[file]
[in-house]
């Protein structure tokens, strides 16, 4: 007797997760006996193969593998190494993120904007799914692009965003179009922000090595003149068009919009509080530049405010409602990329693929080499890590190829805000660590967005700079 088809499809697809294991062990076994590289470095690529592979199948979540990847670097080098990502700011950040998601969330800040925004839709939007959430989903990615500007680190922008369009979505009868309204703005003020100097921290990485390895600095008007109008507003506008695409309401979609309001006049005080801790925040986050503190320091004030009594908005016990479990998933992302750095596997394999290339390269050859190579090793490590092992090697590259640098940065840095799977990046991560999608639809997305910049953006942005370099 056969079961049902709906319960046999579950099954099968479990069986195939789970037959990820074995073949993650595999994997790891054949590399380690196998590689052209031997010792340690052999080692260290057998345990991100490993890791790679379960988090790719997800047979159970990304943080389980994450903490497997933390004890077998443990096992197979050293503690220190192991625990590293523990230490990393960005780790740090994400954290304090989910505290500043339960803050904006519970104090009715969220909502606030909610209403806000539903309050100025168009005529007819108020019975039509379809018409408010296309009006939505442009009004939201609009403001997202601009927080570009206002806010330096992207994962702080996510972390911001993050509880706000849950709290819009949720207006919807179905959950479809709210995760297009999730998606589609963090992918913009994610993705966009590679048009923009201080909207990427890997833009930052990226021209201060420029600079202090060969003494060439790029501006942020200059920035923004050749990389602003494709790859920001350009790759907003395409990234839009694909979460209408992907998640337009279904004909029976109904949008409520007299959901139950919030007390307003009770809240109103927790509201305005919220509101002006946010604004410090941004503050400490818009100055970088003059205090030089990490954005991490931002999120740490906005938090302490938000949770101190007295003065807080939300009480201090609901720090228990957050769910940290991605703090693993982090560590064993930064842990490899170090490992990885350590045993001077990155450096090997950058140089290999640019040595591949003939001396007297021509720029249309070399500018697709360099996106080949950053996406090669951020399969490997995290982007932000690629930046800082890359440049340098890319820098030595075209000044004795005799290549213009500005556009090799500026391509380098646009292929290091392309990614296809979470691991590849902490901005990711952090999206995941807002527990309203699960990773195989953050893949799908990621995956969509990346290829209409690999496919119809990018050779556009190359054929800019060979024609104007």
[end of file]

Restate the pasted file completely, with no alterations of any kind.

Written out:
[in-house]
């Protein structure tokens, strides 16, 4: 007797997760006996193969593998190494993120904007799914692009965003179009922000090595003149068009919009509080530049405010409602990329693929080499890590190829805000660590967005700079 088809499809697809294991062990076994590289470095690529592979199948979540990847670097080098990502700011950040998601969330800040925004839709939007959430989903990615500007680190922008369009979505009868309204703005003020100097921290990485390895600095008007109008507003506008695409309401979609309001006049005080801790925040986050503190320091004030009594908005016990479990998933992302750095596997394999290339390269050859190579090793490590092992090697590259640098940065840095799977990046991560999608639809997305910049953006942005370099 056969079961049902709906319960046999579950099954099968479990069986195939789970037959990820074995073949993650595999994997790891054949590399380690196998590689052209031997010792340690052999080692260290057998345990991100490993890791790679379960988090790719997800047979159970990304943080389980994450903490497997933390004890077998443990096992197979050293503690220190192991625990590293523990230490990393960005780790740090994400954290304090989910505290500043339960803050904006519970104090009715969220909502606030909610209403806000539903309050100025168009005529007819108020019975039509379809018409408010296309009006939505442009009004939201609009403001997202601009927080570009206002806010330096992207994962702080996510972390911001993050509880706000849950709290819009949720207006919807179905959950479809709210995760297009999730998606589609963090992918913009994610993705966009590679048009923009201080909207990427890997833009930052990226021209201060420029600079202090060969003494060439790029501006942020200059920035923004050749990389602003494709790859920001350009790759907003395409990234839009694909979460209408992907998640337009279904004909029976109904949008409520007299959901139950919030007390307003009770809240109103927790509201305005919220509101002006946010604004410090941004503050400490818009100055970088003059205090030089990490954005991490931002999120740490906005938090302490938000949770101190007295003065807080939300009480201090609901720090228990957050769910940290991605703090693993982090560590064993930064842990490899170090490992990885350590045993001077990155450096090997950058140089290999640019040595591949003939001396007297021509720029249309070399500018697709360099996106080949950053996406090669951020399969490997995290982007932000690629930046800082890359440049340098890319820098030595075209000044004795005799290549213009500005556009090799500026391509380098646009292929290091392309990614296809979470691991590849902490901005990711952090999206995941807002527990309203699960990773195989953050893949799908990621995956969509990346290829209409690999496919119809990018050779556009190359054929800019060979024609104007």